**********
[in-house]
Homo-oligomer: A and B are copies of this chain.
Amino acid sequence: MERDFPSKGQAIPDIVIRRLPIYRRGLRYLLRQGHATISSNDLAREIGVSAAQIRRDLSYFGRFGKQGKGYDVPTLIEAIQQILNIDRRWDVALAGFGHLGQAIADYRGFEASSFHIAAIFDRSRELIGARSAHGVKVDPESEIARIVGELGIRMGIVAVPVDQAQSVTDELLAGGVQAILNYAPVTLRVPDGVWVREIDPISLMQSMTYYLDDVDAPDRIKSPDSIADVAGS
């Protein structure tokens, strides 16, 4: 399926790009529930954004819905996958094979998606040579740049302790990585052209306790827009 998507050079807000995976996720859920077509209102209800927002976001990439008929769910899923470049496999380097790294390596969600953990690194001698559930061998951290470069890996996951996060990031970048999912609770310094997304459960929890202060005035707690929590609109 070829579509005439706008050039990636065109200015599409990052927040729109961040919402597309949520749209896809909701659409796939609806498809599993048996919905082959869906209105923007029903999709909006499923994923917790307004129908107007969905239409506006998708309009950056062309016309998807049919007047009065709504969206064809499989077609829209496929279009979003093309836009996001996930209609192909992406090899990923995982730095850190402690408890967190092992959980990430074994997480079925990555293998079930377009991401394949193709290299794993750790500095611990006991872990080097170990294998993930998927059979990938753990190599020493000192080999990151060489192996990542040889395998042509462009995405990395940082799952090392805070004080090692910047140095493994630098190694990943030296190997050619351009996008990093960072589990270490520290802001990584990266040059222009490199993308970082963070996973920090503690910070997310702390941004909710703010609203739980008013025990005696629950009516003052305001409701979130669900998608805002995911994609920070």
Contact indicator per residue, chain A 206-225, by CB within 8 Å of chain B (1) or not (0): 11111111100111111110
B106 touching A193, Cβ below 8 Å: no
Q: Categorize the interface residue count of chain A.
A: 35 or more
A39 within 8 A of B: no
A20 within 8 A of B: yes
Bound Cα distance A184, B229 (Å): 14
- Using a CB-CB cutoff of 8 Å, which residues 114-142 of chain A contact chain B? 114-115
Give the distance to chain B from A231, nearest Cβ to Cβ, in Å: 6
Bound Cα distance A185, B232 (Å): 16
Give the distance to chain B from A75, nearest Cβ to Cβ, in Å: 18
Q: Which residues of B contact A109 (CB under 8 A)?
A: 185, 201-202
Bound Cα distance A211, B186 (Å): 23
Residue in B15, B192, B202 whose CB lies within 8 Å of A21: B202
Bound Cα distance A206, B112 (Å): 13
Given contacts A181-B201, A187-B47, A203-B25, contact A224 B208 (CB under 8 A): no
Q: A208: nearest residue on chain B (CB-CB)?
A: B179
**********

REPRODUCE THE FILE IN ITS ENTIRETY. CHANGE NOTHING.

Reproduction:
[in-house]
Homo-oligomer: A and B are copies of this chain.
Amino acid sequence: MERDFPSKGQAIPDIVIRRLPIYRRGLRYLLRQGHATISSNDLAREIGVSAAQIRRDLSYFGRFGKQGKGYDVPTLIEAIQQILNIDRRWDVALAGFGHLGQAIADYRGFEASSFHIAAIFDRSRELIGARSAHGVKVDPESEIARIVGELGIRMGIVAVPVDQAQSVTDELLAGGVQAILNYAPVTLRVPDGVWVREIDPISLMQSMTYYLDDVDAPDRIKSPDSIADVAGS
């Protein structure tokens, strides 16, 4: 399926790009529930954004819905996958094979998606040579740049302790990585052209306790827009 998507050079807000995976996720859920077509209102209800927002976001990439008929769910899923470049496999380097790294390596969600953990690194001698559930061998951290470069890996996951996060990031970048999912609770310094997304459960929890202060005035707690929590609109 070829579509005439706008050039990636065109200015599409990052927040729109961040919402597309949520749209896809909701659409796939609806498809599993048996919905082959869906209105923007029903999709909006499923994923917790307004129908107007969905239409506006998708309009950056062309016309998807049919007047009065709504969206064809499989077609829209496929279009979003093309836009996001996930209609192909992406090899990923995982730095850190402690408890967190092992959980990430074994997480079925990555293998079930377009991401394949193709290299794993750790500095611990006991872990080097170990294998993930998927059979990938753990190599020493000192080999990151060489192996990542040889395998042509462009995405990395940082799952090392805070004080090692910047140095493994630098190694990943030296190997050619351009996008990093960072589990270490520290802001990584990266040059222009490199993308970082963070996973920090503690910070997310702390941004909710703010609203739980008013025990005696629950009516003052305001409701979130669900998608805002995911994609920070």
Contact indicator per residue, chain A 206-225, by CB within 8 Å of chain B (1) or not (0): 11111111100111111110
B106 touching A193, Cβ below 8 Å: no
Q: Categorize the interface residue count of chain A.
A: 35 or more
A39 within 8 A of B: no
A20 within 8 A of B: yes
Bound Cα distance A184, B229 (Å): 14
- Using a CB-CB cutoff of 8 Å, which residues 114-142 of chain A contact chain B? 114-115
Give the distance to chain B from A231, nearest Cβ to Cβ, in Å: 6
Bound Cα distance A185, B232 (Å): 16
Give the distance to chain B from A75, nearest Cβ to Cβ, in Å: 18
Q: Which residues of B contact A109 (CB under 8 A)?
A: 185, 201-202
Bound Cα distance A211, B186 (Å): 23
Residue in B15, B192, B202 whose CB lies within 8 Å of A21: B202
Bound Cα distance A206, B112 (Å): 13
Given contacts A181-B201, A187-B47, A203-B25, contact A224 B208 (CB under 8 A): no
Q: A208: nearest residue on chain B (CB-CB)?
A: B179